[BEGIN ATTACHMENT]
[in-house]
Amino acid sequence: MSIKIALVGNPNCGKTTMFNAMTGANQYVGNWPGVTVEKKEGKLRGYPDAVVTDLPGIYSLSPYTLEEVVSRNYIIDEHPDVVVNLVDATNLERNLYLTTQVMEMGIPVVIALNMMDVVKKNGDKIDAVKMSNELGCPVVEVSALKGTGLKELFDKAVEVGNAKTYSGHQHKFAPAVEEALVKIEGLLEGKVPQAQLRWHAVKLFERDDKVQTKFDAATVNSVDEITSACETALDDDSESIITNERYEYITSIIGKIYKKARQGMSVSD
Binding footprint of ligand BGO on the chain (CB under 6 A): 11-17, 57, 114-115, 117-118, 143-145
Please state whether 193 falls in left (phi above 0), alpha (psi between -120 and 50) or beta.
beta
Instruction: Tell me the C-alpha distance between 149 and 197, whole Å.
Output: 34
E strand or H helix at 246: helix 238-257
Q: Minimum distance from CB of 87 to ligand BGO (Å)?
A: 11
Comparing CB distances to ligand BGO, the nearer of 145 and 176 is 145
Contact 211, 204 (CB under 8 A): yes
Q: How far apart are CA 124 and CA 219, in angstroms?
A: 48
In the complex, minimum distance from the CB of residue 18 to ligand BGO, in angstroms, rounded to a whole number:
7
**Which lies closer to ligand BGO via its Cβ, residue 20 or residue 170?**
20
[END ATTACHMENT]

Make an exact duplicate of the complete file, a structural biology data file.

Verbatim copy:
[in-house]
Amino acid sequence: MSIKIALVGNPNCGKTTMFNAMTGANQYVGNWPGVTVEKKEGKLRGYPDAVVTDLPGIYSLSPYTLEEVVSRNYIIDEHPDVVVNLVDATNLERNLYLTTQVMEMGIPVVIALNMMDVVKKNGDKIDAVKMSNELGCPVVEVSALKGTGLKELFDKAVEVGNAKTYSGHQHKFAPAVEEALVKIEGLLEGKVPQAQLRWHAVKLFERDDKVQTKFDAATVNSVDEITSACETALDDDSESIITNERYEYITSIIGKIYKKARQGMSVSD
Binding footprint of ligand BGO on the chain (CB under 6 A): 11-17, 57, 114-115, 117-118, 143-145
Please state whether 193 falls in left (phi above 0), alpha (psi between -120 and 50) or beta.
beta
Instruction: Tell me the C-alpha distance between 149 and 197, whole Å.
Output: 34
E strand or H helix at 246: helix 238-257
Q: Minimum distance from CB of 87 to ligand BGO (Å)?
A: 11
Comparing CB distances to ligand BGO, the nearer of 145 and 176 is 145
Contact 211, 204 (CB under 8 A): yes
Q: How far apart are CA 124 and CA 219, in angstroms?
A: 48
In the complex, minimum distance from the CB of residue 18 to ligand BGO, in angstroms, rounded to a whole number:
7
**Which lies closer to ligand BGO via its Cβ, residue 20 or residue 170?**
20